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History of Treasurer’s House

Sepia image of a stone house and lawn with statues in the garden
The external building hasn't changed too much over the years | © National Trust Images / Francis Frith Collection

This picturesque townhouse nestling in the centre of York has many tales to tell, including celebrity parties, workmen who wore slippers to keep the noise down, and a promise by its former owner to return to haunt the building if anything was changed after his death.

All about Mr. Frank Green

Sitting on a Roman road with layers of history to share, step inside to uncover the story of Frank Green through 13 period rooms around the house.

Mr. Green was a wealthy industrialist from Wakefield, director of the family company and a passionate collector who renovated Treasurer’s House to showcase his collection in historical surroundings. He donated Treasurer's House to the National Trust in 1930. It was the first to be gifted to the charity complete with its collection.

An exacting man. A man with standards. A man with a vision. A man who saved several historic buildings in York.

An everlasting presence

When Mr. Green gave the house to the Trust it was under the condition that the rooms would be kept exactly as he intended. If any changes were made, he vowed to return to haunt the building.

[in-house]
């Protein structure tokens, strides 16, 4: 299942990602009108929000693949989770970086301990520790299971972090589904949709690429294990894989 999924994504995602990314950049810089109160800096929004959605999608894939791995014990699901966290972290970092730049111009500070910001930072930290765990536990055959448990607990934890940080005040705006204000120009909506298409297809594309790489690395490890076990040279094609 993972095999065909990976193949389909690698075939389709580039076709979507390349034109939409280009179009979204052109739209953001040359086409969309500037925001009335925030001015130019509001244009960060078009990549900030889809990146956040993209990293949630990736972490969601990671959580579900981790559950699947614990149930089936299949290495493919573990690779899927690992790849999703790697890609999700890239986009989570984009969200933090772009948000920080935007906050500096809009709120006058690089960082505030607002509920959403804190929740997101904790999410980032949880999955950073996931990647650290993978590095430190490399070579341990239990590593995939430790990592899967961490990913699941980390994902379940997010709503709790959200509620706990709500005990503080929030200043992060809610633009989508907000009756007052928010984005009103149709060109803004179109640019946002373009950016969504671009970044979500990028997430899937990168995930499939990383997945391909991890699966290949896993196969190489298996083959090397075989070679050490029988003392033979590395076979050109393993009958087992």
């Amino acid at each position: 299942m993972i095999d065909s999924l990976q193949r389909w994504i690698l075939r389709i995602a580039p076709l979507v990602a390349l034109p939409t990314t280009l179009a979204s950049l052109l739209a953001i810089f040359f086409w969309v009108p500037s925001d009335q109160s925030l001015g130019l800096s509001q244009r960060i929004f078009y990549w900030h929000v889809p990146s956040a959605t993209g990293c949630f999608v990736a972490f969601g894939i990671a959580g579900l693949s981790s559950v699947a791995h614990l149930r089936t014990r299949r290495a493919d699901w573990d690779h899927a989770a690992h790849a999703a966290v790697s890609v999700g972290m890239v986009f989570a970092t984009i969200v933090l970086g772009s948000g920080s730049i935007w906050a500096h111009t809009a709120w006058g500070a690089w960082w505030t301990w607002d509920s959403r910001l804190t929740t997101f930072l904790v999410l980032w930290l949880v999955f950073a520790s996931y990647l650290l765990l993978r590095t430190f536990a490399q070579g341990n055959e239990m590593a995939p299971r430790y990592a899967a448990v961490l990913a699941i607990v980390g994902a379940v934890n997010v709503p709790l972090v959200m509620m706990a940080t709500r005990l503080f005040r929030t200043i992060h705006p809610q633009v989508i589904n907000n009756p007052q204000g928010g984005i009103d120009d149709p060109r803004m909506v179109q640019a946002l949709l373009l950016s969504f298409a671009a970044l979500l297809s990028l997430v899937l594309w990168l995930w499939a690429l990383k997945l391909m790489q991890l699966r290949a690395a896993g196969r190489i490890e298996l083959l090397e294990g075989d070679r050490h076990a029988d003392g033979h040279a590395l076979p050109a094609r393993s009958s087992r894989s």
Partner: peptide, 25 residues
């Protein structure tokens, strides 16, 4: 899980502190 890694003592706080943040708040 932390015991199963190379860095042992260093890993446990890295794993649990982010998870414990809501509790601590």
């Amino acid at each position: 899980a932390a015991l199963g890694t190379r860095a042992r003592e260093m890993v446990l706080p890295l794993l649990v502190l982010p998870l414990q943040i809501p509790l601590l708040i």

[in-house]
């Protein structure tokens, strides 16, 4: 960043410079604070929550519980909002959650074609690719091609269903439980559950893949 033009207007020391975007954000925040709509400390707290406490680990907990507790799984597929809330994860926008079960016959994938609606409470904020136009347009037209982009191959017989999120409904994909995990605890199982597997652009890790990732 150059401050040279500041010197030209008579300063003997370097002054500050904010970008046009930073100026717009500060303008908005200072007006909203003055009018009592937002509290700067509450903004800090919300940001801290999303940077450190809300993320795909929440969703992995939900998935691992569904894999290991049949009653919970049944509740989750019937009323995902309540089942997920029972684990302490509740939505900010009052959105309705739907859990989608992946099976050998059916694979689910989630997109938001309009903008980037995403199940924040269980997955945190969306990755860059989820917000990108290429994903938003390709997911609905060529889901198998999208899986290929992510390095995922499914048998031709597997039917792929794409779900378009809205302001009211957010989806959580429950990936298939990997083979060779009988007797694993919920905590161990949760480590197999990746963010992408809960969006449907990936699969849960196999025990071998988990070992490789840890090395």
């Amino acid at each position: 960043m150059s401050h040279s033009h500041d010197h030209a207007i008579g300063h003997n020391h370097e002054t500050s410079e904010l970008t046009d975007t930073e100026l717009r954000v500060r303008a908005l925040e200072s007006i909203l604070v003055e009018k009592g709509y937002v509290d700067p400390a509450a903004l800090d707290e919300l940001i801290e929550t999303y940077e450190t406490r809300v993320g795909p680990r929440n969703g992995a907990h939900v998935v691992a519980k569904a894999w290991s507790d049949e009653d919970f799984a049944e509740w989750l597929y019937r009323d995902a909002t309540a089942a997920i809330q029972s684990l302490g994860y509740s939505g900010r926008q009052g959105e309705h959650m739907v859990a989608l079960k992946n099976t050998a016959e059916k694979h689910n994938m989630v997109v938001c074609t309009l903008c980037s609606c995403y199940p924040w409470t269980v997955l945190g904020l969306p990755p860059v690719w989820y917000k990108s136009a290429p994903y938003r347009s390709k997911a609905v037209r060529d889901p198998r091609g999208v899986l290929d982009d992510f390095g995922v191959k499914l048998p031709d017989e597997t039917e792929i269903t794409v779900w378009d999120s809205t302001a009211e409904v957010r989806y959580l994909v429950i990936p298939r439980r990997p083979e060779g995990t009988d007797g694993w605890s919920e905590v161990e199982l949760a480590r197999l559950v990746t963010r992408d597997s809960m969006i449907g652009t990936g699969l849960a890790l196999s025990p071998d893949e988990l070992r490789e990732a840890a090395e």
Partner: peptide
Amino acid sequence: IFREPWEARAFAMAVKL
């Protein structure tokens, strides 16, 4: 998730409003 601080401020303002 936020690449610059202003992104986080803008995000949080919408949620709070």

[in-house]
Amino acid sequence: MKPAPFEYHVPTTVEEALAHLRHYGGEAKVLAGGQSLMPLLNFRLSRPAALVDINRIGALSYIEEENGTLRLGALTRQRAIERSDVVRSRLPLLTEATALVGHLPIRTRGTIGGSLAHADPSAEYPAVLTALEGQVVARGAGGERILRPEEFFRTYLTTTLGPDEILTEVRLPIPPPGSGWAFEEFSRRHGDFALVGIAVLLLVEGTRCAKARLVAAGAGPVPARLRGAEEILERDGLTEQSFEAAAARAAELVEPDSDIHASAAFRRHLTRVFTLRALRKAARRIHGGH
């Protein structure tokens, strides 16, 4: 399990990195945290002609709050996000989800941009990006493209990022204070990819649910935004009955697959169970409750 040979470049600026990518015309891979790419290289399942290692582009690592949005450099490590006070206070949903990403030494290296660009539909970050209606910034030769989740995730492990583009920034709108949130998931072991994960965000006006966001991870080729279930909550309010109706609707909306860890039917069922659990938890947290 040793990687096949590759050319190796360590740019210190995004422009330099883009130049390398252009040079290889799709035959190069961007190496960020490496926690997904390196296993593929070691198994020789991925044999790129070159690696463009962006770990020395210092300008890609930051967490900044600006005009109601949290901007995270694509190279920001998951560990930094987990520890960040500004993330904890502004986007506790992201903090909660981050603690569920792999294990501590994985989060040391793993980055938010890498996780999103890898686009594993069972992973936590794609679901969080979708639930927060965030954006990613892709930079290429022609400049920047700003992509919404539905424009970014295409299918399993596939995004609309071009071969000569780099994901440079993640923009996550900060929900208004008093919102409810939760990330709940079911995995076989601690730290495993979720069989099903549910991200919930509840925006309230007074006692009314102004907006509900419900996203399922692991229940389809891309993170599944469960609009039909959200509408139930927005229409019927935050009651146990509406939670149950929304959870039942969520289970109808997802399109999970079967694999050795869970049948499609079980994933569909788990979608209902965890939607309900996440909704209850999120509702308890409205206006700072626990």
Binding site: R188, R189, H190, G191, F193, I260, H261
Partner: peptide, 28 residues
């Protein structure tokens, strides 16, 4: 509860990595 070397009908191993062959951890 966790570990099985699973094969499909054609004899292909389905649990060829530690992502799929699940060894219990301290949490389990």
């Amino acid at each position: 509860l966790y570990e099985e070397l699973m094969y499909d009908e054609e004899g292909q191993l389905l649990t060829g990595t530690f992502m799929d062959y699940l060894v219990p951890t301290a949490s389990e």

Today, if items in the house have been moved or changed for conservation reasons, some of the spooky occurrences are said to be an angry Frank Green fulfilling his promise.

A firm set of rules

Frank Green liked things just so and had signs around the house to keep people in line, from slippers on workers to newspaper wrapped around the pieces of coal to prevent unnecessary noise.

One story says he emptied a full cutlery drawer out on the floor because it was too messy.

An entertaining man

Frank Green became known as a great host, perhaps to help firm his standing in society but also because he enjoyed the finer things in life.

From royal visitors, who still have rooms named after them, to the leading actors and actresses of the day, he put on grand, lavish affairs with staff and guests dressed up and musicians playing from the Minstrels’ Gallery.

Black and white images of well dressed men and women in front of a grand door
A royal visit was a proud moment for Frank Green | © National Trust Images

Re-imagining the house

Treasurer’s House has long been one of the most prestigious properties in York. Completely rebuilt in a fashionable style in the late 16th century, it even hosted a visit by James I in 1617. Over later centuries, the house passed through many owners and residents, including the famous writer and literary hostess Elizabeth Montagu and the astronomer John Goodricke.

It was this rich heritage that Frank Green valued and bought in 1897.

Three became one

Over the years the sprawling house had become divided into a complex set of apartments. Green bought four of these over a 6 month period and worked with the owner of the fifth (neighbouring Grey’s Court) to reshape the house into two separate residences. Working with architect Temple Moore, the interior was transformed as features were revealed, removed or introduced according to Green’s vision.